Charter Airline Flights – Consumer Protection

A question came up today about charter airline flights and what if any consumer safeguards are in place for travelers who use them. The question centered on what would happen if the tour operator canceled the trip; would travel insurance pay?

The answer is maybe! It depends on the reason why they canceled the trip. If it was canceled because the tour operator is declaring bankruptcy than most “package” plans will provide coverage under the default/bankruptcy peril of the trip cancellation/interruption coverage.

However, what happens if the tour operator cancels the flight and still stays in business? Are you at risk for losing your money? Probably not! First, when you fly on a charter flight you have an agreement with the airline called a “participant contract” that you should sign that outlines your rights and obligations. These contracts have a provision that outlines your rights in the event of cancellation:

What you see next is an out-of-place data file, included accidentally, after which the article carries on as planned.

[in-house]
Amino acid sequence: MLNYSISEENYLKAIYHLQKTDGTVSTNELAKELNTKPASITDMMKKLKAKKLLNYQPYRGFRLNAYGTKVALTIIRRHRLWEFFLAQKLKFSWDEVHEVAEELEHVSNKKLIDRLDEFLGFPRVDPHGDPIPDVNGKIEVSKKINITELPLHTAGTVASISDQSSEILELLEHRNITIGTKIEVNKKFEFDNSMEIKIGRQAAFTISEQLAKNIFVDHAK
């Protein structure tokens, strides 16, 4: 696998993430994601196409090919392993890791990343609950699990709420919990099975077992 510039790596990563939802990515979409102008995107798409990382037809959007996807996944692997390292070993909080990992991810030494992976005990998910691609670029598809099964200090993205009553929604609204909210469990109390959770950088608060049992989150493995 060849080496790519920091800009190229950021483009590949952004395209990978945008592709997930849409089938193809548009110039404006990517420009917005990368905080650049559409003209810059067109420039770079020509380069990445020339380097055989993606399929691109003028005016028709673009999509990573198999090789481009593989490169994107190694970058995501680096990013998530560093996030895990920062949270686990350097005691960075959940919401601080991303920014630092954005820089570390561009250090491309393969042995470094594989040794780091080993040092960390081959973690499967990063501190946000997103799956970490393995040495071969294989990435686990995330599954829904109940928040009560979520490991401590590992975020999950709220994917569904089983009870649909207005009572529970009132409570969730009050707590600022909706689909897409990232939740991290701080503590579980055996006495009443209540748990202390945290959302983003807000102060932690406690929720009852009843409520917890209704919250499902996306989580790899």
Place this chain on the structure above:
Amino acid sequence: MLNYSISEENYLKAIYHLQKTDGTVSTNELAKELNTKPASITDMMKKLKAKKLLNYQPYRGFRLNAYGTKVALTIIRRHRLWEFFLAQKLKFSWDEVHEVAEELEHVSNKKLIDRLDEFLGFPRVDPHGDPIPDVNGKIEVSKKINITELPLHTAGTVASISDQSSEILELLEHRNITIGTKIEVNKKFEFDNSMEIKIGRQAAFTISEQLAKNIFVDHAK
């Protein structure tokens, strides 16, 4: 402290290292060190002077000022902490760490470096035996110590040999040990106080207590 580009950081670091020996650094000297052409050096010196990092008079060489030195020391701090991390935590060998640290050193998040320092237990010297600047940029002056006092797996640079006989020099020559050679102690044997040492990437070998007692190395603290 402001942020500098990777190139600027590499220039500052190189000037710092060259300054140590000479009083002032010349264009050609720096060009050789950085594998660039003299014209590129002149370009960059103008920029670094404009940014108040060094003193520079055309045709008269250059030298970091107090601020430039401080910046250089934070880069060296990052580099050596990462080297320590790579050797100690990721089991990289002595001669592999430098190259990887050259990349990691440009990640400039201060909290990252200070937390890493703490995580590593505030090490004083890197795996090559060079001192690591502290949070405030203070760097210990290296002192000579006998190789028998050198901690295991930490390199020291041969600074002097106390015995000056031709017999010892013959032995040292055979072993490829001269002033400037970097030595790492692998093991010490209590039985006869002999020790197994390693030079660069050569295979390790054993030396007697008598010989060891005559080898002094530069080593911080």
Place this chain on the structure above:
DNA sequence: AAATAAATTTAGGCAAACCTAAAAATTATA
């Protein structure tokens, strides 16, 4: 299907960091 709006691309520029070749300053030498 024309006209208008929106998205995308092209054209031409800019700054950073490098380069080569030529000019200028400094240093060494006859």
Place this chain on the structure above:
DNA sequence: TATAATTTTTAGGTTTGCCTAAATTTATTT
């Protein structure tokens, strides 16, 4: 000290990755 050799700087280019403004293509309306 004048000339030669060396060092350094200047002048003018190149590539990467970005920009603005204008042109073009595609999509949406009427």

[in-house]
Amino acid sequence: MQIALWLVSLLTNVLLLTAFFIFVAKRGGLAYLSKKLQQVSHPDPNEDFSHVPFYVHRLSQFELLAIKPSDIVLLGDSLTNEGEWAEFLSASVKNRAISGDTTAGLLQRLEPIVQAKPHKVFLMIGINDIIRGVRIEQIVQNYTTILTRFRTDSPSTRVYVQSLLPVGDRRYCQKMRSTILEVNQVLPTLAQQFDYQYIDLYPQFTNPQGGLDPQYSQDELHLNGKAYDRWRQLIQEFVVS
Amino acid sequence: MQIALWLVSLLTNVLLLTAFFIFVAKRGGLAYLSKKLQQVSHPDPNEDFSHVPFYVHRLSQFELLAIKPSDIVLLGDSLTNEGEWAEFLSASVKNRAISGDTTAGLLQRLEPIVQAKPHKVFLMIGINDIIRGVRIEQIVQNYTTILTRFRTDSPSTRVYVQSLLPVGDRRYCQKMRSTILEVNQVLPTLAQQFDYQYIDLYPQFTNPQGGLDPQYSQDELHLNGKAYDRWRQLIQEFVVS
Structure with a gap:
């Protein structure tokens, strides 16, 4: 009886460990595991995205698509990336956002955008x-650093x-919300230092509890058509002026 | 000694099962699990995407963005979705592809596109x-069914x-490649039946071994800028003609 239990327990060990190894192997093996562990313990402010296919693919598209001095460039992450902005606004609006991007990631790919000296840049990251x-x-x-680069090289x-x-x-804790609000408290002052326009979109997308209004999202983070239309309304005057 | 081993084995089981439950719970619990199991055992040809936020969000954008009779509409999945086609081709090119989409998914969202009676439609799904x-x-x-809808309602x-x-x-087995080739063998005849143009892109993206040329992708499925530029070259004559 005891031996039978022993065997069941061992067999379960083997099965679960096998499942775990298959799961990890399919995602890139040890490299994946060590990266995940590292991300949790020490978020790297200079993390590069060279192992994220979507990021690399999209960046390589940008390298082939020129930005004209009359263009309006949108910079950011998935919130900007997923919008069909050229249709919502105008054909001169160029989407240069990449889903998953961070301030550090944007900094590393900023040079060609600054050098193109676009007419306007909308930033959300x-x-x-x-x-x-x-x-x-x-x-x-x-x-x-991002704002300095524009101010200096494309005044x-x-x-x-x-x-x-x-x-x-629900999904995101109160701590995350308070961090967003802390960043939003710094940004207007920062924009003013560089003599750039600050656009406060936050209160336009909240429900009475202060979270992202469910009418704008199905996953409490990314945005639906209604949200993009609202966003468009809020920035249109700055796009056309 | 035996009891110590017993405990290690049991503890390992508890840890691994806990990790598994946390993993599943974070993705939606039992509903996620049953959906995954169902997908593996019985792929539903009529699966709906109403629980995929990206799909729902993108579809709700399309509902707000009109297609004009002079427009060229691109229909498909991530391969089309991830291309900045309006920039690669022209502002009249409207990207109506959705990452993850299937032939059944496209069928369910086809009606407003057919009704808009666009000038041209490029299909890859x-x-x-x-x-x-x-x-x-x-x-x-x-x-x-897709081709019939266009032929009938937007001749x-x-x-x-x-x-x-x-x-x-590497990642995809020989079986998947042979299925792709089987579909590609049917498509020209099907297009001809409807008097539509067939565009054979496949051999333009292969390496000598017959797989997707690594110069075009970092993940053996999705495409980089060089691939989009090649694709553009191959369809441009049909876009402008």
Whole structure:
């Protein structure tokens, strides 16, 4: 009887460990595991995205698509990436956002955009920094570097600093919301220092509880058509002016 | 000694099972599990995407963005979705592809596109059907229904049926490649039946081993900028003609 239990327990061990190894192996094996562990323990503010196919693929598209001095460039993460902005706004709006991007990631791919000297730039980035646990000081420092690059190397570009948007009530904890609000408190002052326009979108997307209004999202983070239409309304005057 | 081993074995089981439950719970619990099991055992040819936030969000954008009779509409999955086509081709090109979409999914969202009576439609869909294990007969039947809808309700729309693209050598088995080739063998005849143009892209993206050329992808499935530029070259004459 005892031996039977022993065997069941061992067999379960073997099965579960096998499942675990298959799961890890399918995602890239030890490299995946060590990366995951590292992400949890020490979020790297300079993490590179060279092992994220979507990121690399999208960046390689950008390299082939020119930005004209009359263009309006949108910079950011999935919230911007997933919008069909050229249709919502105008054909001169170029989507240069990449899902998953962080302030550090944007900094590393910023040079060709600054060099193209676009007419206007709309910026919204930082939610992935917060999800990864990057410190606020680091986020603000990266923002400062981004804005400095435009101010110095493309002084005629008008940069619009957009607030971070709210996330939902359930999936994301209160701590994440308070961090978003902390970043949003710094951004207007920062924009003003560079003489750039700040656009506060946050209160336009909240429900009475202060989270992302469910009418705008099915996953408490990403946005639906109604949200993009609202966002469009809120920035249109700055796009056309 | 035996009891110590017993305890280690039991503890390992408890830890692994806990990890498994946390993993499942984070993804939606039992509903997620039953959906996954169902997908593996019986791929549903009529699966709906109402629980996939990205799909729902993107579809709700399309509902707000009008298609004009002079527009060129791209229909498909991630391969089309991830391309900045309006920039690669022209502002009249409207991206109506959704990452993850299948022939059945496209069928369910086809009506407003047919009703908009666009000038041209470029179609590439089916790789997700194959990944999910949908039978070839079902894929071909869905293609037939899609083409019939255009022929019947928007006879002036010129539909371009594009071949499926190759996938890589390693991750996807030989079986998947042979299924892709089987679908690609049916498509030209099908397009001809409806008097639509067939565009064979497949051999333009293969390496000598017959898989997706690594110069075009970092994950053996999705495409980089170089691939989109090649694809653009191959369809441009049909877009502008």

1. If you cancel – it outlines your right of refund for the money that you’ve already paid. This is the amount of non-refundable money that is usually covered under trip cancellation coverage if you cancel for covered reasons or if you have the “cancel for any reason” option that some plans are now offering.
  2. If the tour operator cancels – it outlines when they can cancel and your right to a refund. Generally they can cancel a flight due to lack of participation more than 10 days prior to the scheduled departure date. If they cancel your trip than regulations require that they must refund you in full. That means that the money is refundable and therefore is not covered under travel insurance plans because it’s the responsibility of the tour operator to refund it to you.
  3. If there is a major change in your trip – regulations say that if there is a major change to your trip than they must allow your to cancel penalty free. Major changes are considered to be: a change in your departure or return cities; a change in your departure or return date; a substitute hotel that wasn’t named as an alternative in your contract; an increase in price of more than 10% (no increases are allowed within 10 days of departure).

For more information about your rights you can visit the Department of Transportation, Aviation Consumer Protection Division.

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